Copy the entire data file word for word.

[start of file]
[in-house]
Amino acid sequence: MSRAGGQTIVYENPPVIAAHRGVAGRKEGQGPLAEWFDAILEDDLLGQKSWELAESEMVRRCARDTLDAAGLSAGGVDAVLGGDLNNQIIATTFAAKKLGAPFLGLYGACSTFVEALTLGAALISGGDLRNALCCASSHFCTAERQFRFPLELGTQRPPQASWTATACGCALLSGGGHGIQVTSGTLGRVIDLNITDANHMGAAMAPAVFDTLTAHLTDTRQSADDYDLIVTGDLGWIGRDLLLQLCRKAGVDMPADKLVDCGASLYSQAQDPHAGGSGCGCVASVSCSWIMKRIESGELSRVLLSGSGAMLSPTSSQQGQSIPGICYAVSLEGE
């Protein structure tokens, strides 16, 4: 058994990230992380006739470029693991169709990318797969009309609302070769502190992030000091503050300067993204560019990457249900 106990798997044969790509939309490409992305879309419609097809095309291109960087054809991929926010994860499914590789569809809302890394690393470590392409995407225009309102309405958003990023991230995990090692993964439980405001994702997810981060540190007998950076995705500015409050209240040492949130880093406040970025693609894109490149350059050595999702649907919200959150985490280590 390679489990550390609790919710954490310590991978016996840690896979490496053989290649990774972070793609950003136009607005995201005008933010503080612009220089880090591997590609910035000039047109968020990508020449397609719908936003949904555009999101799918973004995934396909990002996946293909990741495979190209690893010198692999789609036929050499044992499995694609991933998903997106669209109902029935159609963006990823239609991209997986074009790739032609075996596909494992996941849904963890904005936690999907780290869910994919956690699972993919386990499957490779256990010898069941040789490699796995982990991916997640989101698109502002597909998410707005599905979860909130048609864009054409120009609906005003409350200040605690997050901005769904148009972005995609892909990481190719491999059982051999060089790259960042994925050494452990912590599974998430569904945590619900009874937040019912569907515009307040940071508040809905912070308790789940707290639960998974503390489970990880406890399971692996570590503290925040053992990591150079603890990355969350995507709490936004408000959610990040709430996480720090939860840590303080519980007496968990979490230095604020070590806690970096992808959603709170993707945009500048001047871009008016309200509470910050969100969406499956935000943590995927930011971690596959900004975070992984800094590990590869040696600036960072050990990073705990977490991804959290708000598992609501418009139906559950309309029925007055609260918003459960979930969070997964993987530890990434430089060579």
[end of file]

[in-house]
Amino acid sequence: MSRAGGQTIVYENPPVIAAHRGVAGRKEGQGPLAEWFDAILEDDLLGQKSWELAESEMVRRCARDTLDAAGLSAGGVDAVLGGDLNNQIIATTFAAKKLGAPFLGLYGACSTFVEALTLGAALISGGDLRNALCCASSHFCTAERQFRFPLELGTQRPPQASWTATACGCALLSGGGHGIQVTSGTLGRVIDLNITDANHMGAAMAPAVFDTLTAHLTDTRQSADDYDLIVTGDLGWIGRDLLLQLCRKAGVDMPADKLVDCGASLYSQAQDPHAGGSGCGCVASVSCSWIMKRIESGELSRVLLSGSGAMLSPTSSQQGQSIPGICYAVSLEGE
């Protein structure tokens, strides 16, 4: 058994990230992380006739470029693991169709990318797969009309609302070769502190992030000091503050300067993204560019990457249900 106990798997044969790509939309490409992305879309419609097809095309291109960087054809991929926010994860499914590789569809809302890394690393470590392409995407225009309102309405958003990023991230995990090692993964439980405001994702997810981060540190007998950076995705500015409050209240040492949130880093406040970025693609894109490149350059050595999702649907919200959150985490280590 390679489990550390609790919710954490310590991978016996840690896979490496053989290649990774972070793609950003136009607005995201005008933010503080612009220089880090591997590609910035000039047109968020990508020449397609719908936003949904555009999101799918973004995934396909990002996946293909990741495979190209690893010198692999789609036929050499044992499995694609991933998903997106669209109902029935159609963006990823239609991209997986074009790739032609075996596909494992996941849904963890904005936690999907780290869910994919956690699972993919386990499957490779256990010898069941040789490699796995982990991916997640989101698109502002597909998410707005599905979860909130048609864009054409120009609906005003409350200040605690997050901005769904148009972005995609892909990481190719491999059982051999060089790259960042994925050494452990912590599974998430569904945590619900009874937040019912569907515009307040940071508040809905912070308790789940707290639960998974503390489970990880406890399971692996570590503290925040053992990591150079603890990355969350995507709490936004408000959610990040709430996480720090939860840590303080519980007496968990979490230095604020070590806690970096992808959603709170993707945009500048001047871009008016309200509470910050969100969406499956935000943590995927930011971690596959900004975070992984800094590990590869040696600036960072050990990073705990977490991804959290708000598992609501418009139906559950309309029925007055609260918003459960979930969070997964993987530890990434430089060579």